Asked to explain his food, Chef King Phojanakong said, “It’s my own interpretation. I would not use the word fusion. I’m not just throwing things together. Although a lot of the ingredients are Filipino-Thai”，Phojanakong’s interpretations produce dishes like pan-roasted sea scallops with bacon shreds, steamed shumai filled with wasabi spiked pork, and seared Chinese sausage with caramelized onions and sticky rice. Phojanakong’s dishes, as described by New York Magazine, “…are boldly seasoned, tart and piquant or reeking delectably of garlic, melding the flavors of Chinese, Thai, and Philippine food with refreshing vigor.” “I [wanted to do tapas] because I liked that you can share these dishes and get a variety,” said Phojanakong, “that way, you’re not stuck with seared tuna all night.”
Historically, tapas, literally “covers,” were small food bowls, frequently containing delicious tidbits such as olives or almonds, placed on top of wine glasses in Spanish wine bars to keep flies out of the wine. The tapas small-plate tradition, long a part of Spanish culture, has expanded through the years and now represents a full-blown dining trend encompassing many types of cuisines.
Living the Dream
Being a chef, however, was not an obvious career choice for Phojanakong. Phojanakong worked six years working as an engineer helping low-income families throughout New York City, where he would work – and eat — all over the five boroughs, “eating in different parts all the time, [meant eating in] different ethnic neighborhoods.”
It was finally then that he decided to go cooking school. Decided on his passion for food, Phojanakong, went to culinary school in his late 20’s, received his associate degree from the renowned Culinary Institute of America (CIA) in upstate New York where he graduated with honors and honored by Food Digest as one of the Top Ten Best Student Chefs in the Country. “I really enjoyed going to school [this time around] because I knew exactly what I wanted to do,” said Phojanakong, “[Although] it was a risk, especially since my parents said I was crazy, [they said] ‘What?! You want to be a cook!’” But his risk paid off, and soon, not even out of school, Phojanakong was training in New York City’s gastro four star shrines like Daniel and Jean-Georges.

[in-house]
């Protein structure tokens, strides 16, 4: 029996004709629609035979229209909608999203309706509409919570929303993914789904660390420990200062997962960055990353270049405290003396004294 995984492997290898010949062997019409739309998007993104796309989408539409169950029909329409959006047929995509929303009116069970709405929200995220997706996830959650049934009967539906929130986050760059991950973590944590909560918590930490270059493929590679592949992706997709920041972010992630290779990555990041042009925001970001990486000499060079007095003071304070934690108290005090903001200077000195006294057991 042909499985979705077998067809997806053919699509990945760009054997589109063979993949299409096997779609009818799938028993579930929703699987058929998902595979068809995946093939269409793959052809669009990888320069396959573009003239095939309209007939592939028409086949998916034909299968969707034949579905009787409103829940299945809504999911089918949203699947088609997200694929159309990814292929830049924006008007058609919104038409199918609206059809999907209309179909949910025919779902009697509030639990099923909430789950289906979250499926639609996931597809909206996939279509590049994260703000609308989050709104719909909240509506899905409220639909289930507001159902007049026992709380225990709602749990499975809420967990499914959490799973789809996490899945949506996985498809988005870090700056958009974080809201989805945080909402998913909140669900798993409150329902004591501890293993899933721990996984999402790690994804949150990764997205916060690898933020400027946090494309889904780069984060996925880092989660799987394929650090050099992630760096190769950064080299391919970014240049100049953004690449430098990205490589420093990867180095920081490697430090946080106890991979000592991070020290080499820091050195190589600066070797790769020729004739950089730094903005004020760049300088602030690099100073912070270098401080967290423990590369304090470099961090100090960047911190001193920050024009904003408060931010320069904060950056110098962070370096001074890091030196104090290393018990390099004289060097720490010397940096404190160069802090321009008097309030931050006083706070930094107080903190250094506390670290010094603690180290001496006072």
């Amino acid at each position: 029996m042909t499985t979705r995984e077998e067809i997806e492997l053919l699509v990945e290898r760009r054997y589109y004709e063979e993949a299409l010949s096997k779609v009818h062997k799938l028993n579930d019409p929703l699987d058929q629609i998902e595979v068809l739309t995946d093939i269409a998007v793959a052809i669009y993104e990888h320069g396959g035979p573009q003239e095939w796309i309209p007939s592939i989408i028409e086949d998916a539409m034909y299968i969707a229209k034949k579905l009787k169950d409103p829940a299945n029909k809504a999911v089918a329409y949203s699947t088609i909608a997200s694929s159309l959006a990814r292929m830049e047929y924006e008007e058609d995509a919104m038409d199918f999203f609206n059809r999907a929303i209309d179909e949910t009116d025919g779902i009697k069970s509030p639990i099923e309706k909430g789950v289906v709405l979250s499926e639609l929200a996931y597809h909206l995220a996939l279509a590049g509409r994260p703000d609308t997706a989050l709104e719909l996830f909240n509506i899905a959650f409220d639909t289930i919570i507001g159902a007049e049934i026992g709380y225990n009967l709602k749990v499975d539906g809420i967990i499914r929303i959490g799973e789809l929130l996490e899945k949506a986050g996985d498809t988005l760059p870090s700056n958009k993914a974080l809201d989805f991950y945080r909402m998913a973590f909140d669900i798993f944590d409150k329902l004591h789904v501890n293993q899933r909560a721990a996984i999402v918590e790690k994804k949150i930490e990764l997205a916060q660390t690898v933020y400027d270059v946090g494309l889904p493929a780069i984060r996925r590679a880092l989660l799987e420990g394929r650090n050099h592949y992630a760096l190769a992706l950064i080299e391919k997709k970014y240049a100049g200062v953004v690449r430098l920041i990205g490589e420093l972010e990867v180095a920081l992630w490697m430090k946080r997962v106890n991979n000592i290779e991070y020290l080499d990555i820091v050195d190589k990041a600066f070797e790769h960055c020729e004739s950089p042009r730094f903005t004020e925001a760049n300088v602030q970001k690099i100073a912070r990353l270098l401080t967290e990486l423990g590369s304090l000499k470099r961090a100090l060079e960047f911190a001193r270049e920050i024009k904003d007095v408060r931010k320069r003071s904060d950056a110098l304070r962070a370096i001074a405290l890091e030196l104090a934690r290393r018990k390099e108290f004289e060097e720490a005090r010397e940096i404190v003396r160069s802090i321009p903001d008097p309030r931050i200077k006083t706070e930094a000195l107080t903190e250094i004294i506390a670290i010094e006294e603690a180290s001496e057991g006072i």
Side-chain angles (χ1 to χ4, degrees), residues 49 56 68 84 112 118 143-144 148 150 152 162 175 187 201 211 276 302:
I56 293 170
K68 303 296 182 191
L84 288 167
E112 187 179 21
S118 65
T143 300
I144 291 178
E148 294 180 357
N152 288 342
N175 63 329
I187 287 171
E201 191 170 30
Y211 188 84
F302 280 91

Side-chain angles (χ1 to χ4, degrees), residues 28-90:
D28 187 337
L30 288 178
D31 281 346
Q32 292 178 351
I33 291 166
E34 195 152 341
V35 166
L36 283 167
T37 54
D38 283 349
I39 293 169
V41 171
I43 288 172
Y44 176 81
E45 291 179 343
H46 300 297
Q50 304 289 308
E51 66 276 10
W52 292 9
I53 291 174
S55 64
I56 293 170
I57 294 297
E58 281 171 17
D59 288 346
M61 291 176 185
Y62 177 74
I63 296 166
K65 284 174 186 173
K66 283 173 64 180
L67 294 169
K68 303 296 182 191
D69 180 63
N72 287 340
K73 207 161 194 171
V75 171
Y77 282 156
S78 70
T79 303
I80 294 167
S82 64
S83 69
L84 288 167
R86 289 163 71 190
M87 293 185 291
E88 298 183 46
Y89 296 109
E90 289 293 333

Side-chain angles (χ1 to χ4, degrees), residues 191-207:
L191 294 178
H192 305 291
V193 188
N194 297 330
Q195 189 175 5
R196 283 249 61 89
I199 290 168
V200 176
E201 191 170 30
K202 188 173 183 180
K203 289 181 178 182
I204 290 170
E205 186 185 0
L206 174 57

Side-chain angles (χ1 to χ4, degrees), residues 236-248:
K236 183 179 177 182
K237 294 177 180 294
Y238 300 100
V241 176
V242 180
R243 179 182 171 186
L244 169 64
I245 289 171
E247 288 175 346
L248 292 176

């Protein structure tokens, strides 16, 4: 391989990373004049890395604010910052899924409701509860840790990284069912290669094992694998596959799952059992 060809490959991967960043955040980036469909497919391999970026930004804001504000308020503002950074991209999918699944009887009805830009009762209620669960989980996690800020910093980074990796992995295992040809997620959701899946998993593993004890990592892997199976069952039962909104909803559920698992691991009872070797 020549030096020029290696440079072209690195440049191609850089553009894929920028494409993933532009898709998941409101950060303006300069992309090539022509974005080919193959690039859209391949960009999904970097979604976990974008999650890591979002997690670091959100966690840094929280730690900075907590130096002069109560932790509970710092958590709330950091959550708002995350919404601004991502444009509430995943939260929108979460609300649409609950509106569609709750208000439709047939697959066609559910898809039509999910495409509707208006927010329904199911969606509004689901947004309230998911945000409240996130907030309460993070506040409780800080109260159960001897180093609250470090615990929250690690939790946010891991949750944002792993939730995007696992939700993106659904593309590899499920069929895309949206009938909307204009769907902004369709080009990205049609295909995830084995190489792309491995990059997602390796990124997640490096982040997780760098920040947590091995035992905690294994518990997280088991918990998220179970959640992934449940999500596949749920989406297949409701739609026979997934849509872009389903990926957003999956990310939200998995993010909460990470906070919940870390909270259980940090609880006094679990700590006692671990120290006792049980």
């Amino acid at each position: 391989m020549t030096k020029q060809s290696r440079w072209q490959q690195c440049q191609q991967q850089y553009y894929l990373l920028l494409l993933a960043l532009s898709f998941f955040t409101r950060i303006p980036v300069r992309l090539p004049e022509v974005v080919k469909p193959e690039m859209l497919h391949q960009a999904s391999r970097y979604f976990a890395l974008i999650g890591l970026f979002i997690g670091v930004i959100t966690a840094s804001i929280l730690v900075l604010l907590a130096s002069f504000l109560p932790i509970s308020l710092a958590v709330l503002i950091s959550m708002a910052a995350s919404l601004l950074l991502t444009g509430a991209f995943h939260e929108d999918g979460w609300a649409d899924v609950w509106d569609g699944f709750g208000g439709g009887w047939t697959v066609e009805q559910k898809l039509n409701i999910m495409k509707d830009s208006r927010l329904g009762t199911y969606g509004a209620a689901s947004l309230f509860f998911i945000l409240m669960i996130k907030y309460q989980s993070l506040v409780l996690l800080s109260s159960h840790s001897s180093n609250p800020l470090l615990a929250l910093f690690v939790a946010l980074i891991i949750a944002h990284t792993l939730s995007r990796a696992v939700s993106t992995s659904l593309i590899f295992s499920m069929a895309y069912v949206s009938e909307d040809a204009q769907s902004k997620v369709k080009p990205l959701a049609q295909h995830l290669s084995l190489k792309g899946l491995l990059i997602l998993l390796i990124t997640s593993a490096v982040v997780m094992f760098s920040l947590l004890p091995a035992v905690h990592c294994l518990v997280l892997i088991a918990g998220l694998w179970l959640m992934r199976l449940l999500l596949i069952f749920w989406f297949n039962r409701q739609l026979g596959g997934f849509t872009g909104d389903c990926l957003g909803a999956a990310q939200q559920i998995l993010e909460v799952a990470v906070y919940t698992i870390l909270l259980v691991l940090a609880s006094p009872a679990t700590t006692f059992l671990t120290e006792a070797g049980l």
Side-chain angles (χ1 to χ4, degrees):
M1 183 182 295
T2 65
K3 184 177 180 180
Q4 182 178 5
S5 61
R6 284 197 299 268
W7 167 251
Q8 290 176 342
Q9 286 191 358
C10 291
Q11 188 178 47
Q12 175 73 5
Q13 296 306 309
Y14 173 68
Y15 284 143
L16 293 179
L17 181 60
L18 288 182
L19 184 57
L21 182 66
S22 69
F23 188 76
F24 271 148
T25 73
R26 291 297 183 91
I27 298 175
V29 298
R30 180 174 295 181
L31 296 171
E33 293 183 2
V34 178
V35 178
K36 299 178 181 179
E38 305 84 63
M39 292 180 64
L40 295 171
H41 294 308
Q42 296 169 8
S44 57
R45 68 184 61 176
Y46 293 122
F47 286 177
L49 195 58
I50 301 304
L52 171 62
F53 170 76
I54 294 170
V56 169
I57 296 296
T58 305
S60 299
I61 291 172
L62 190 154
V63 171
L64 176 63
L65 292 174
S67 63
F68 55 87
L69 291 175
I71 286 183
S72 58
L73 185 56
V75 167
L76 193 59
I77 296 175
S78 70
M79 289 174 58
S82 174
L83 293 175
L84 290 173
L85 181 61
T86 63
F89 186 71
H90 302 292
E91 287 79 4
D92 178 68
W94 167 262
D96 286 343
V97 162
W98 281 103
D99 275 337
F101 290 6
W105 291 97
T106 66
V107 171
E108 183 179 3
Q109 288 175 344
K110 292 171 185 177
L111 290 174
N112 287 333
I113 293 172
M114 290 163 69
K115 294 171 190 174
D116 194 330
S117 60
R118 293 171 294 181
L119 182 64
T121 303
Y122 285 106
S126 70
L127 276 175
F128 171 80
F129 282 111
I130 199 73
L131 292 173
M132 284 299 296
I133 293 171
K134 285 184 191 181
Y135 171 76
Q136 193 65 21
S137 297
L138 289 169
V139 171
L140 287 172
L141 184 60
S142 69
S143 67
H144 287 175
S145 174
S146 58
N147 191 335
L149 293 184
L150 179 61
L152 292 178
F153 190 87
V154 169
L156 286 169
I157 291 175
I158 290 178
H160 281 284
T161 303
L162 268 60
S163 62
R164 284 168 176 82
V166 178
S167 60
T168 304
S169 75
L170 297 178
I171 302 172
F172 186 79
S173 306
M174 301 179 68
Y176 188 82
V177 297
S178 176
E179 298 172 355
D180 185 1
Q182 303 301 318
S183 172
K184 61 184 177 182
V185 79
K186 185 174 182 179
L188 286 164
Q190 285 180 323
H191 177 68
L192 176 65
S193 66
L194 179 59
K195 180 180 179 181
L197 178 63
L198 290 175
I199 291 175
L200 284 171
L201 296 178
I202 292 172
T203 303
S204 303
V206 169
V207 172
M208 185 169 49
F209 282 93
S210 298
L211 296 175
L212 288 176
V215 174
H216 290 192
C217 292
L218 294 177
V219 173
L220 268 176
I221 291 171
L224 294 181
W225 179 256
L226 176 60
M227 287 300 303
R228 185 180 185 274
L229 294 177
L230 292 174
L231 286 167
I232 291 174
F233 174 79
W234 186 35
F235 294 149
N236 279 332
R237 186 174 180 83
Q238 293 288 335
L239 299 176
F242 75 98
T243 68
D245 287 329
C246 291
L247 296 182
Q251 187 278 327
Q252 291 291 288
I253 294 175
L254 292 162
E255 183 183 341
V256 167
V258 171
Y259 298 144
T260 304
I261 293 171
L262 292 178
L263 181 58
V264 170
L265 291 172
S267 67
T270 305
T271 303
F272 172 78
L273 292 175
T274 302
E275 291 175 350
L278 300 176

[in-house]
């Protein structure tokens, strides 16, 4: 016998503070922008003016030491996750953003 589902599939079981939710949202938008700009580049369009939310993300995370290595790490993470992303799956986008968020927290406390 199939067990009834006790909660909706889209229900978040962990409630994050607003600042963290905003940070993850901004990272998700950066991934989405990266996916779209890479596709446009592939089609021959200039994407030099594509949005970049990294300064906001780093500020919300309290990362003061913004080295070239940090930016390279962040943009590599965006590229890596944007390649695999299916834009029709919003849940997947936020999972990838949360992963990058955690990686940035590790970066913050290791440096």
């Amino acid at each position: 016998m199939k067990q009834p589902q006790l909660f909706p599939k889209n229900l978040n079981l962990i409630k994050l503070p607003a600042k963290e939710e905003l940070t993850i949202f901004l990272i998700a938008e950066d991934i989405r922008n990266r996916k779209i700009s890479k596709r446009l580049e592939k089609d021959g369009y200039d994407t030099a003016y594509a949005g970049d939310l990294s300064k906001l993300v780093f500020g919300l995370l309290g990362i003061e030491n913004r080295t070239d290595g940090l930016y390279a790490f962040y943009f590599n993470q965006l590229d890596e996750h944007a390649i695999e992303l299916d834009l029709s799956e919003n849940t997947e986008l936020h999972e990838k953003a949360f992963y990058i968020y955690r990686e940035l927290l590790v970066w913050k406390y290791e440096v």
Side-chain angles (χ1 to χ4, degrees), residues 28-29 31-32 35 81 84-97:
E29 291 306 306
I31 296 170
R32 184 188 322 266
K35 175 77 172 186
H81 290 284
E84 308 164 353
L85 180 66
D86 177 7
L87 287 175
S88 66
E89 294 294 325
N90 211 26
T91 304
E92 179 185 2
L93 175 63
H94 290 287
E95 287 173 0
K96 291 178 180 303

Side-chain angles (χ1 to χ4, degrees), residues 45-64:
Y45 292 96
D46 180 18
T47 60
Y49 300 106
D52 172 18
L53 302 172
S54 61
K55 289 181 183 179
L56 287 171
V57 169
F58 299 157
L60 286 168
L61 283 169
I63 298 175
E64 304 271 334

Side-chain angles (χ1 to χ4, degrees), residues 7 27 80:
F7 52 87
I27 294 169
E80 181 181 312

He caught these big career breaks simply by standing at the back door, waiting out the chefs so that he can give them his resume and talk to them. Relating his meeting with Chef Daniel Boulud, Daniel’s owner, Phojanakong said, “[Boulud] told me, ‘I yell, I swear, I throw things [and] we’re not going to pay you. Are you willing to go through this?’ and I said ‘yeah give it to me!” Working at Daniel tuned out to be Phojanakong’s baptism under fire, where he trained under its celebrated executive chef, Alex Lee, and learned one of cooking’s most important lessons: pay attention to details.
Phojanakong next became one of eight chefs at David Bouley’s critically acclaimed high-class Danube when it launched in 2000. It is here, under the tutelage of Chef Bouley, that Phojanakong fine-tuned his skills and mastered flavoring and how they worked. After five years of working 16 hours days, six days a week in New York, Phojanakong went to California to be the executive chef for at Fat Apples, a restaurant chain in Berkeley and El Cerrito, where he immersed himself in the business of running a restaurant.Armed with new knowledge, he came back to New York to open his own restaurant. He found a landlord who had a hard time renting out the second floor of a building in the Lower East Side (LES). What attracted him to the location was the narrow staircase that opened into the room, an effect which Phojanakong said would let his customers feel like they were escaping the city as they climbed the flight.